Attackers Gift Teddy Bears And Malware Using Best Buy Gift Cards
Published: April 25, 2020 on our newsletter Security Fraud News & Alerts Newsletter.
Teddy bears are cute and cuddly little things and to really make someone go all squishy. To find out, just send one in the mail with a Best Buy gift card. That’s what the hacking group FIN7 (aka Carbanak) is doing along with a nifty USB drive that will help you determine what purchases you can make with that gift card. If you do insert the provided USB stick into your computer, you’ll be gifted malware, called Griffon, that can allow an attacker to take over your computer.
The FBI issued an alert describing some of the actions attackers can and will do should they get access to the computers. That included calling back to the attacker-controller server in Russia and then sending information gathered such as username, host name, system privileges, what programs are installed, what processes are running, and more.
If you aren’t expecting to receive a gift in the mail or in email, don’t put any provided devices into your computer. Always check them for malware first. It takes seconds for malware to pass from an infected drive to your computer and far longer for you to get rid of it. Always confirm via phone, text, or new email message with the gifter before inserting a USB drive into your computer or even to your smart TV, if that is something you can do.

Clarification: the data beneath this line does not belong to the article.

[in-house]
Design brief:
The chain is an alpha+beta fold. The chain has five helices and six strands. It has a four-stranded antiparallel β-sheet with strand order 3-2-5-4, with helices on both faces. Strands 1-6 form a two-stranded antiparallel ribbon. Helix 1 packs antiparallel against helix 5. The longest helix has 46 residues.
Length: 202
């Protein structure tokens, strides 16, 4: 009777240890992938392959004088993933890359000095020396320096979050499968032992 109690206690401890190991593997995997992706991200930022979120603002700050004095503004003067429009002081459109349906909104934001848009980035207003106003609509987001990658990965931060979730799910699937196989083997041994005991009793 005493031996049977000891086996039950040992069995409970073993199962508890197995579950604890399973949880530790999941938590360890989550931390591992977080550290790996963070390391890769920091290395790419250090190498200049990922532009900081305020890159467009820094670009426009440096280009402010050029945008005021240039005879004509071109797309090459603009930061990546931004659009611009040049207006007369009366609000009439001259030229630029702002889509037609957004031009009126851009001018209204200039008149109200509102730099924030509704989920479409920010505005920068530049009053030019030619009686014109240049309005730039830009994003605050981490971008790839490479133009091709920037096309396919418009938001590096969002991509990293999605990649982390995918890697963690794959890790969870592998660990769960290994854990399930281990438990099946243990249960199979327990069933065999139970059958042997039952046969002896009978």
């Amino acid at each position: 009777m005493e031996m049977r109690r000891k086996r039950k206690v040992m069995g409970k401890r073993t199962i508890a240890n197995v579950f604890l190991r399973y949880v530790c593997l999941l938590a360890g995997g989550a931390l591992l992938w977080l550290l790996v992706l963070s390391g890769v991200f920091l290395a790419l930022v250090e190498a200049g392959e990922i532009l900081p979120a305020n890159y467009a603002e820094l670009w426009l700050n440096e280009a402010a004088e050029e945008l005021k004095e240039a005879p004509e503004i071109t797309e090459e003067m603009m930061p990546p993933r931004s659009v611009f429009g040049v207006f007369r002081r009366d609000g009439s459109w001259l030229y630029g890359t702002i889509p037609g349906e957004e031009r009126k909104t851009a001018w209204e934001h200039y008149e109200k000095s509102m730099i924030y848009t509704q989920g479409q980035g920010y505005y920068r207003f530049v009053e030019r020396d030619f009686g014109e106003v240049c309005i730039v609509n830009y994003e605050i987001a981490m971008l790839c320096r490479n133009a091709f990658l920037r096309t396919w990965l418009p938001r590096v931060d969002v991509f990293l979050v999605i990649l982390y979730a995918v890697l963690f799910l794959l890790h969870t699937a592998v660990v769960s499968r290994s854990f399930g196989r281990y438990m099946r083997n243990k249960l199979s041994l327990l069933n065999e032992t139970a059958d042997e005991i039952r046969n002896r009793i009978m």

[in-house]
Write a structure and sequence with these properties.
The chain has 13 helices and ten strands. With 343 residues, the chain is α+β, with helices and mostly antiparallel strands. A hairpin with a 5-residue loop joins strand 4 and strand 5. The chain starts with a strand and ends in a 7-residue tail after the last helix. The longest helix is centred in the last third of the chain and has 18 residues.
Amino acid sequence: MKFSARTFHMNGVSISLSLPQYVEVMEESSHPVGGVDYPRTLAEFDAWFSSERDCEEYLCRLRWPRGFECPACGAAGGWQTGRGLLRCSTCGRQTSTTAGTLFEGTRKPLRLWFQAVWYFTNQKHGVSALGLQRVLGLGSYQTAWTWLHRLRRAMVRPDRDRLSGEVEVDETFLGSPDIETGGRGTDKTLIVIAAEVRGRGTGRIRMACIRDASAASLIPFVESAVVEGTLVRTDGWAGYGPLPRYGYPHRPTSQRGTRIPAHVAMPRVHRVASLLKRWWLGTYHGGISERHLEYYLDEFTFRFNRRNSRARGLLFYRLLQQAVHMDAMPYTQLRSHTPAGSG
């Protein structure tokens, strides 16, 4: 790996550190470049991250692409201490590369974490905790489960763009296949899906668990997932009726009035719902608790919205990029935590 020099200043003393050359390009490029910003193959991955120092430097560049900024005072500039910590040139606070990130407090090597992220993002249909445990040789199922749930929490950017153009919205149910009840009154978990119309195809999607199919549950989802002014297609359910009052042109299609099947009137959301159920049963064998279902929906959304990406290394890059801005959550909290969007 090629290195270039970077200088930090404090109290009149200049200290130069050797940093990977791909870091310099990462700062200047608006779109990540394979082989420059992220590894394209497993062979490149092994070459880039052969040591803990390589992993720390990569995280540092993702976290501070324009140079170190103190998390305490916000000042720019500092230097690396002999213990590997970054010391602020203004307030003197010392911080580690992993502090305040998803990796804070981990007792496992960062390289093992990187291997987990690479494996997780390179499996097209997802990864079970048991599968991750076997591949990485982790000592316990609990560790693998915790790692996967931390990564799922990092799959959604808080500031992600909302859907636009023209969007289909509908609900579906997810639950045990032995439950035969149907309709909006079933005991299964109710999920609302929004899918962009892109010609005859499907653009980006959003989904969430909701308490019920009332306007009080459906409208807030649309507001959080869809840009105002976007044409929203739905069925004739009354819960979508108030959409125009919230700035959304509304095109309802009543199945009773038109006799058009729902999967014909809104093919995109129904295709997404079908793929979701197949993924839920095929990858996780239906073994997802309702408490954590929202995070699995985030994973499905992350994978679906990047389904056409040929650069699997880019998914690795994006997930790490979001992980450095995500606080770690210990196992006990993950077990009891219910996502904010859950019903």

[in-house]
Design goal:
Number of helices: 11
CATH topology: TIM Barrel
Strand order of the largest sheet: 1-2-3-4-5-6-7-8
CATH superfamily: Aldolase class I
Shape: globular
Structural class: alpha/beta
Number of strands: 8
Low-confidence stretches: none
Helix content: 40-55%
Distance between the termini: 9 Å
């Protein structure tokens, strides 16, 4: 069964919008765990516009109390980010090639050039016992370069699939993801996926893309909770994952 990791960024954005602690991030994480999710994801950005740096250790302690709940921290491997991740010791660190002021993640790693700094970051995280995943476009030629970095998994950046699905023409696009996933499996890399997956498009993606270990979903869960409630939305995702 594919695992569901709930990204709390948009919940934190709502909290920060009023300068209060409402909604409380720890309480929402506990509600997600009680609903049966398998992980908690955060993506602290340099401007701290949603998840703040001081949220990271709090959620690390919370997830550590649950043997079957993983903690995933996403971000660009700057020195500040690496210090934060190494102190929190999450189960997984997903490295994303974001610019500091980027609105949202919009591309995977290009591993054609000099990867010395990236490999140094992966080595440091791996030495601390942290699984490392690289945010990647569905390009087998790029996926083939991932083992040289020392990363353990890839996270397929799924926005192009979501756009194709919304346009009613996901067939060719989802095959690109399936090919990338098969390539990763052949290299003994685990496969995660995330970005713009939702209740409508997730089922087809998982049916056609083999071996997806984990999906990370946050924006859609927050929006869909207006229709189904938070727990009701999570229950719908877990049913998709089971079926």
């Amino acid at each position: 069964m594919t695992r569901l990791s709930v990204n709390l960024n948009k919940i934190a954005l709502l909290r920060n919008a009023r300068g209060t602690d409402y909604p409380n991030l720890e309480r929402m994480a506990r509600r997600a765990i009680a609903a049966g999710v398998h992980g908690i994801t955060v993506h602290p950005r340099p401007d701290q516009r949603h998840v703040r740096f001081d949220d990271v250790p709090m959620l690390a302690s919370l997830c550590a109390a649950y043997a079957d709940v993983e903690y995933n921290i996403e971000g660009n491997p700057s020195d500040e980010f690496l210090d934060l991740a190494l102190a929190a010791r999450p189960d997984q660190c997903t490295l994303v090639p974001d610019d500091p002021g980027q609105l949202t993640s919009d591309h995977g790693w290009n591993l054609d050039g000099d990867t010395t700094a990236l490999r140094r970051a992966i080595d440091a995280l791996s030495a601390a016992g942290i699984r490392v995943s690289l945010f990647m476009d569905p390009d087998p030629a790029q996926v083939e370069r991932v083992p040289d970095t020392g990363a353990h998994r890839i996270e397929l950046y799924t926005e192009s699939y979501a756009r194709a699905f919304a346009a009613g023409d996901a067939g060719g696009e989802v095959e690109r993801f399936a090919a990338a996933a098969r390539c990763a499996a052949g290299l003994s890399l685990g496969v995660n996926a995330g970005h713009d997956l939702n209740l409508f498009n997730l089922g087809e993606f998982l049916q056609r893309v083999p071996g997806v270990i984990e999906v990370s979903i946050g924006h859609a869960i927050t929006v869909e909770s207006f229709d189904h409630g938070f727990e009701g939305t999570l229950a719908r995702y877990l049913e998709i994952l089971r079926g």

While this is not a novel trick for cyber thieves, it is something that hasn’t happened in a while. Most cybercrime these days is done completely electronically via phishing attempts or in texts and SMS messages (smishing). Some are even done through the telephone or other voice means (vishing). Don’t click links or attachments that are not expected or that you aren’t 100% certain are safe. Never give out personal or confidential information, such as payment card details over the phone unless you initiate the phone call and/or other communication.
In this latest attack, FIN7 has been sending these gift cards to persons working in Human Resources, IT, or in executive roles. Presumably because these groups have access to the most confidential information and/or have the highest privileges with their computer access. If you are in one of those roles, or in a financial role, use extra caution when receiving gifts unexpectedly and always verify them before using them.
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